Nintendo opened up E3 with Nintendo Direct, an online pre-press conference press conference, the evening before Microsoft and Sony took to the stage on the first day proper.
It was an aggressive move, as the platform holder tried to wrestle early control over this year's convention away from the competition. Whilst it certainly got people talking, it wasn't enough to distract people away from the other events and announcements spread across the week.
The early showing of their hand looked positive enough, and Nintendo must have been confident in the knowledge that Microsoft and Sony weren't making any major announcements during the week. But that didn't stop the lukewarm reaction that followed on from Nintendo's presentation proper.
It was so lukewarm that the Japanese stock market even reacted to it, with the company's share value taking a small 2.68% dip. Presumably that wasn't part of the plan.
Nintendo probably thought they had done enough. The announcement of EA's Mass Effect and Ubisoft's Assassin's Creed III for the Wii U pointed to greater third-party support. Coupled with the list of cursory first-party exclusives, it all must have looked good. In theory, at least.
In reality the line-up revealed at E3 left many underwhelmed. Sure the tech looked good, and it clearly has potential to push the boundaries of interactivity, but none of that matters if the games just aren't there.
This year the focus was on a selection of new and rereleased games, including: New Super Mario Bros. U, Pikmin 3, Wii Fit U, Batman: Arkham City, Scribblenauts, Assassin's Creed III, Just Dance, SiNG, LEGO City: Undercover, Zombi U, Mass Effect 3, Darksiders II, Aliens: Colonial Marines, Tank! Tank! Tank!, Tekken Tag Tournament 2, Trine 2: Director's Cut, Rayman Legends, Your Shape: Fitness Evolved 2013, Sports Connection, Rabbids Land and Marvel Avengers: Battle for Earth. See the trailer below for a lovely montage.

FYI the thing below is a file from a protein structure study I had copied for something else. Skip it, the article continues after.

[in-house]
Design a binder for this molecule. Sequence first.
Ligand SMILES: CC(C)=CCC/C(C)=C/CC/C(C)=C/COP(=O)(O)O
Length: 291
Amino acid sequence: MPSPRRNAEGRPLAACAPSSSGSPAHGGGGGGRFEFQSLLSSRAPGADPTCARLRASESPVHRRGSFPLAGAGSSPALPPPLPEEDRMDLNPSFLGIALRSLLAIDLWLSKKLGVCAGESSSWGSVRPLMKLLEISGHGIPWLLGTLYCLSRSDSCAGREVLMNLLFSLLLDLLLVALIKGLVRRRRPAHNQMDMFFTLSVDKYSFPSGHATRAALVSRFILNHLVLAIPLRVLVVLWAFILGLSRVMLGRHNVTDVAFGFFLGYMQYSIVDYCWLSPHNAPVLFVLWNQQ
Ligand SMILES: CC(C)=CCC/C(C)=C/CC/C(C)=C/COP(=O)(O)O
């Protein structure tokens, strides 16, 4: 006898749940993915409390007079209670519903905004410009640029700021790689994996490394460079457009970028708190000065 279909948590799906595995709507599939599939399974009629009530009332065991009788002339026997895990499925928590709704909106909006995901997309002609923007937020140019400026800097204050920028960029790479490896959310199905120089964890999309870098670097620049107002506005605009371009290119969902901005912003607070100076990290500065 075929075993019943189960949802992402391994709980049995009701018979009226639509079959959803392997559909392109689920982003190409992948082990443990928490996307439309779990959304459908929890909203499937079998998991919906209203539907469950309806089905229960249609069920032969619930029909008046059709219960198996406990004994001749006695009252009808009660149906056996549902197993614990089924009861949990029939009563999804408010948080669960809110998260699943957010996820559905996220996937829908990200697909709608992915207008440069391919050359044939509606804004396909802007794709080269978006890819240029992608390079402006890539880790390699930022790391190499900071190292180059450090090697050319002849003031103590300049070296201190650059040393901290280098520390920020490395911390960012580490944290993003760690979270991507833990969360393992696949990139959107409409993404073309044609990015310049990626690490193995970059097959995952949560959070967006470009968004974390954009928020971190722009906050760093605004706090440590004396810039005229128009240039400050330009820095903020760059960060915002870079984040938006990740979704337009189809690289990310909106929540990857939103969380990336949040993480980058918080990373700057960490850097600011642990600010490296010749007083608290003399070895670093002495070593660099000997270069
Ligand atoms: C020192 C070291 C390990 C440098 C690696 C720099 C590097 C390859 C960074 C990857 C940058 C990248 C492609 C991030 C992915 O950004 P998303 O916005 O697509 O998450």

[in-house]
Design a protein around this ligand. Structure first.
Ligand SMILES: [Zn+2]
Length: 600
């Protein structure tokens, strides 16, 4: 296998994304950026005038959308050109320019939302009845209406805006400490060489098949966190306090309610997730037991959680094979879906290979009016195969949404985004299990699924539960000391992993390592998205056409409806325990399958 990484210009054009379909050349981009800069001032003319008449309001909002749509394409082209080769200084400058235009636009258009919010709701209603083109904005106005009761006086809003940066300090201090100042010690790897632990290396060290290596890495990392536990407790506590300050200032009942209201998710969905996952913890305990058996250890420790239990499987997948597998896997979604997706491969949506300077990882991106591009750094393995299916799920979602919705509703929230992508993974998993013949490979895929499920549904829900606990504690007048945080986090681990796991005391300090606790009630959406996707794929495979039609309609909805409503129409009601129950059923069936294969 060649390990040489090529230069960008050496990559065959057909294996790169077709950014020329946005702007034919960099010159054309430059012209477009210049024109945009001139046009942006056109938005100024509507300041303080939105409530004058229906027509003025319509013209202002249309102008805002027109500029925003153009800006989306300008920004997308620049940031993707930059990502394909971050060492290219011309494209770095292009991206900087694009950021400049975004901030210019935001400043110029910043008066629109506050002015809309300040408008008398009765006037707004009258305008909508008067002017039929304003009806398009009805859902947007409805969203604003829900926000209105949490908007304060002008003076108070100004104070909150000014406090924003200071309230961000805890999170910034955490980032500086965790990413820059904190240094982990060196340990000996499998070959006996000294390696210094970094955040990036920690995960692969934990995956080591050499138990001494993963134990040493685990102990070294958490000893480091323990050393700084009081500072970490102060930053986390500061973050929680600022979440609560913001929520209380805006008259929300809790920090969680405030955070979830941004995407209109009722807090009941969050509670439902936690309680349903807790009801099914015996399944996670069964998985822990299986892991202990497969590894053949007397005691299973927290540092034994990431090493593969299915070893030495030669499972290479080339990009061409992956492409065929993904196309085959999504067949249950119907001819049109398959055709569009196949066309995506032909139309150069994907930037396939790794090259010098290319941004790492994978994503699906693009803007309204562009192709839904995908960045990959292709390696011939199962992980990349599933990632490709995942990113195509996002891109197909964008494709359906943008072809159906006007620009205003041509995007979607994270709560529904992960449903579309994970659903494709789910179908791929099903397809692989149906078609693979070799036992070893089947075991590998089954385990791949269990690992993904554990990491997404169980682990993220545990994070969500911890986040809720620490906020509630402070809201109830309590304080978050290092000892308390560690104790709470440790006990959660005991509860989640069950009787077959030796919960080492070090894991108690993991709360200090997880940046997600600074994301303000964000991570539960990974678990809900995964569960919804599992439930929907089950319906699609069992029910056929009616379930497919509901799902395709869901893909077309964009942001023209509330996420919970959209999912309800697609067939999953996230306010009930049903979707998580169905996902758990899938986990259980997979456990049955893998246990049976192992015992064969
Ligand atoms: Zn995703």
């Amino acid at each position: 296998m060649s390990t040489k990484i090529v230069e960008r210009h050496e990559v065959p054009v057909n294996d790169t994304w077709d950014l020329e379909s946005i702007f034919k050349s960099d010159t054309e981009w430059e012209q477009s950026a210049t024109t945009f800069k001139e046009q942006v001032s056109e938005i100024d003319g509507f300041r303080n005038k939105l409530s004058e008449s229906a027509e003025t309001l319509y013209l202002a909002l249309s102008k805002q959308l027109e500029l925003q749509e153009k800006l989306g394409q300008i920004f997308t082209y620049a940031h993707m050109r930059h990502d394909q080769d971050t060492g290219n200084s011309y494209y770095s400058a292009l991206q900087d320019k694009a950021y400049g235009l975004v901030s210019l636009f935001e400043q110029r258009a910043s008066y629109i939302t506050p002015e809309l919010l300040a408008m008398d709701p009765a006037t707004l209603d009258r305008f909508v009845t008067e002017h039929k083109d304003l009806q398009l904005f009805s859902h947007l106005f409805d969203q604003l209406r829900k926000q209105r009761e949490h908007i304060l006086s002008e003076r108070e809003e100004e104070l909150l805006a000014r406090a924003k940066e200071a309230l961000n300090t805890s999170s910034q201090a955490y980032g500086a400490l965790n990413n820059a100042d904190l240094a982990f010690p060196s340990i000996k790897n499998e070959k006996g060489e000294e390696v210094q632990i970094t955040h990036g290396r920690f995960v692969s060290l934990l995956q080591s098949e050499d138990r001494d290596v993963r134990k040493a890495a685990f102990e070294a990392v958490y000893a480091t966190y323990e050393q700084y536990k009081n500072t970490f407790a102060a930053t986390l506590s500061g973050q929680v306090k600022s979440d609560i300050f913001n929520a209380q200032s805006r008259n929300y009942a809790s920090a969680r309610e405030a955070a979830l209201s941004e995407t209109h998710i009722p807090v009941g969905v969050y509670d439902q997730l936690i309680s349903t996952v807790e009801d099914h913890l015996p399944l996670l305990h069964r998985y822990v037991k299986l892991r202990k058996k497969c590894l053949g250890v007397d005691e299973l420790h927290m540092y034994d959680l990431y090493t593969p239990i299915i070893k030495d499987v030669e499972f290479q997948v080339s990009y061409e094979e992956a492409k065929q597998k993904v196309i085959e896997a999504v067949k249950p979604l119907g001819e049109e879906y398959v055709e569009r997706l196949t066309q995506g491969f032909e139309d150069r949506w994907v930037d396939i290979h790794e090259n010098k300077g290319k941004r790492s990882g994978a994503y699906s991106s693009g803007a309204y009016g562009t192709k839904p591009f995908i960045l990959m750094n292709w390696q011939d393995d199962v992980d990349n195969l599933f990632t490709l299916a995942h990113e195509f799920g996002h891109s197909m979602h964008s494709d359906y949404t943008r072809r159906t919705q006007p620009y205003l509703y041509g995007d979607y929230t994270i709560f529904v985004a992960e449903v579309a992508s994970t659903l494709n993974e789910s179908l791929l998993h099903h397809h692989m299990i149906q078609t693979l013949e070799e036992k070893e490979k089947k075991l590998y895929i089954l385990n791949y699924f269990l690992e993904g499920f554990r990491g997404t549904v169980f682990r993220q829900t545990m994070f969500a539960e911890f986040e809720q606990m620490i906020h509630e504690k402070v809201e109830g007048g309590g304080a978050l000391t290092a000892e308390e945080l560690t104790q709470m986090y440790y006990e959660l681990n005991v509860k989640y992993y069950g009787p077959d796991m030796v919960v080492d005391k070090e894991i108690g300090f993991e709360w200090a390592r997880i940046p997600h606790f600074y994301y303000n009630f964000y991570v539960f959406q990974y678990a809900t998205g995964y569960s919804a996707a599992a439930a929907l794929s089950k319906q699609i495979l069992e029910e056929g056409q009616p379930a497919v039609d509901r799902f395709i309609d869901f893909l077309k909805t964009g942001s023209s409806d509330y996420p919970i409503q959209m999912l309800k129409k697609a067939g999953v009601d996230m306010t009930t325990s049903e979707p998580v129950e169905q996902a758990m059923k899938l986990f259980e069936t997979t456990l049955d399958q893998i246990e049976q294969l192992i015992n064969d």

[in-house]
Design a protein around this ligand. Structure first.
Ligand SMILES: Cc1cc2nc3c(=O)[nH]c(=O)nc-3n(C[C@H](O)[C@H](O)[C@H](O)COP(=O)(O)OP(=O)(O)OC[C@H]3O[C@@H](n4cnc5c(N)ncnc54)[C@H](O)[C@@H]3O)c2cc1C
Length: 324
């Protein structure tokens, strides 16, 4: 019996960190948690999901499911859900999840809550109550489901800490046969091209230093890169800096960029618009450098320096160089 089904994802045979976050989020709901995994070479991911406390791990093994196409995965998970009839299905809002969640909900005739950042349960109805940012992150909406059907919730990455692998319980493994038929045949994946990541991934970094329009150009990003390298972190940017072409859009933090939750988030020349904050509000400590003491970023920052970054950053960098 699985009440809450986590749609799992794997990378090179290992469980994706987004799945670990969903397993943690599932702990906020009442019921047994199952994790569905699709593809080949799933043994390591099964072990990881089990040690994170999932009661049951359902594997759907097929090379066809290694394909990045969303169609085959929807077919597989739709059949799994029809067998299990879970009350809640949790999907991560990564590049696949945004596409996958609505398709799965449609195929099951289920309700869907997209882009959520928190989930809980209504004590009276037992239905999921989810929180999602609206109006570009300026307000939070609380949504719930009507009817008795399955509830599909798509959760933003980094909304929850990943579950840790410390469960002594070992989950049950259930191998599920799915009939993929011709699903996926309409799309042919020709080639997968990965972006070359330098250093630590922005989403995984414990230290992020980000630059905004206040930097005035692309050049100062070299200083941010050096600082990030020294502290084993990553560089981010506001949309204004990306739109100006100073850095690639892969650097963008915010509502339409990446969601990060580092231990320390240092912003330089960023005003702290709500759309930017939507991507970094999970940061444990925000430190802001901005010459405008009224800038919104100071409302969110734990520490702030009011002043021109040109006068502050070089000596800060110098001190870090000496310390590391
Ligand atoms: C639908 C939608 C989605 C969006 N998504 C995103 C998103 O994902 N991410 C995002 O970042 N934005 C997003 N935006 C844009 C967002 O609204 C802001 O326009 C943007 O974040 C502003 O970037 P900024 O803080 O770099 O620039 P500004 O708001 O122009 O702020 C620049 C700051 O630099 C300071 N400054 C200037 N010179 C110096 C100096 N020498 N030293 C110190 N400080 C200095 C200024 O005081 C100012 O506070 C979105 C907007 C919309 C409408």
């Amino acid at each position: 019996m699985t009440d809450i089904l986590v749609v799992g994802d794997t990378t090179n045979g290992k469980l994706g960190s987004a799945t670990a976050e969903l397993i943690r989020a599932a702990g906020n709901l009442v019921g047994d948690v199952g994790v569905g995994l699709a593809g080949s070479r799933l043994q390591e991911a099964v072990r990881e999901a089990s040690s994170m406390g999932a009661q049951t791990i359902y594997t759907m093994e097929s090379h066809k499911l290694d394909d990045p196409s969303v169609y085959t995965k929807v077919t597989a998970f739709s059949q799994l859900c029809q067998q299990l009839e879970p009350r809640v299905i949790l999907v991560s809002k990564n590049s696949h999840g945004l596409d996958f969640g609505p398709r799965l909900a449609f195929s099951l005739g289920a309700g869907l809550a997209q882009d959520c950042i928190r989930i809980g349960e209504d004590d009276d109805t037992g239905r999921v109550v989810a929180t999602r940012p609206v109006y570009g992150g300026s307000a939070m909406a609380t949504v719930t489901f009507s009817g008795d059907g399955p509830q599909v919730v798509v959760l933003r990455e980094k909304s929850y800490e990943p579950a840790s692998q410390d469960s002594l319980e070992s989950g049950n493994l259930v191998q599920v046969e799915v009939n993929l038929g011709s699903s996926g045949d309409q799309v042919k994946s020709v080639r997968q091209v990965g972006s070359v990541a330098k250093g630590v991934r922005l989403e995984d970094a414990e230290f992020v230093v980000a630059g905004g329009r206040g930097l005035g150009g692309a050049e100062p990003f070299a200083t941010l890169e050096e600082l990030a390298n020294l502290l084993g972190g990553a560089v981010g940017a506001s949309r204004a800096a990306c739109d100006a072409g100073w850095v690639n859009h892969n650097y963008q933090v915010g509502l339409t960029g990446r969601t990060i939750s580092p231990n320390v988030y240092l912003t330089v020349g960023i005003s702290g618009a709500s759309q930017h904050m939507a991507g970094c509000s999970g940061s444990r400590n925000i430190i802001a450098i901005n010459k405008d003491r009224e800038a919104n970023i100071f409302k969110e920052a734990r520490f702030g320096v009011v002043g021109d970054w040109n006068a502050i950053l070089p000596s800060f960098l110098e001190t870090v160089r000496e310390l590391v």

EA's decision to port Mass Effect 3 to the Wii U will be warmly received, and games like Batman: Arkham City, ACIII and Aliens: Colonial Marines all point to Nintendo embracing core gamers and more increasingly mature titles. But a closer inspection of that sentiment reveals some gaping absences. There's no BioShock Infinite, no Dishonored, not a single decent racing game. The more you think about it, the more the inclusion of the aforementioned third-party launch titles feels like a token gesture.
A cursory scan of the internet will reveal the internal specs of the Wii U. Whilst we wont go into too much detail here (this is as good a place to start as any, should you want more details), we'll at least cover the basics.
The console is powered by a IBM power-based multi-core CPU, with graphical support from the potent AMD Radeon GPU. It's capable tech, but likely to be comprehensively dwarfed when Microsoft and Sony enter the fray next year.
Not that it matters much. Nintendo has never focussed on graphical power; interactivity is the name of their game, and on this front, the Wii U comes up trumps.
The Wii U GamePad has a 6.2" 16:9 LCD touch screen, microphone, front facing camera, vibration, stylus, speakers and gyroscopic controls. They've also redesigned the analogue sticks and the shape of the unit (for increased comfort over extended periods of play). Nintendo are pinning their hopes on this being a literal and metaphorical game changer.
Zombi U was an oft featured game from this year's show. This was so because it was perfect to show off the multi-functionality of the GamePad.
Another inclusion in the convention line-up was the Pro Controller. You'll be forgiven for having a double-take moment; the resemblance to the Xbox controller is uncanny. Another nod to the core no doubt, but with so many similarities between it and the original, will gamers see it as another token gesture?
Overall, most people were impressed with the Wii U console as demonstrated in the press conference. It looks like a natural fit for the company, an organic evolution that will once again reposition the boundary between gamer and game.
That said, Nintendo still has a long way to go before they're going to convince the core to part with their Xbox/PlayStation. There are signs that the company are waking up to this fact, and are doing something to reverse the trend, but this commitment is overshadowed by Nintendo's continuing push towards the middle ground, to the casual gamer.
You wouldn't want to bet against the Wii U proving to be a resounding success, and finding its way into millions of homes the world over. But whether they've done enough to crack that elusive ‘core' market, remains to be seen.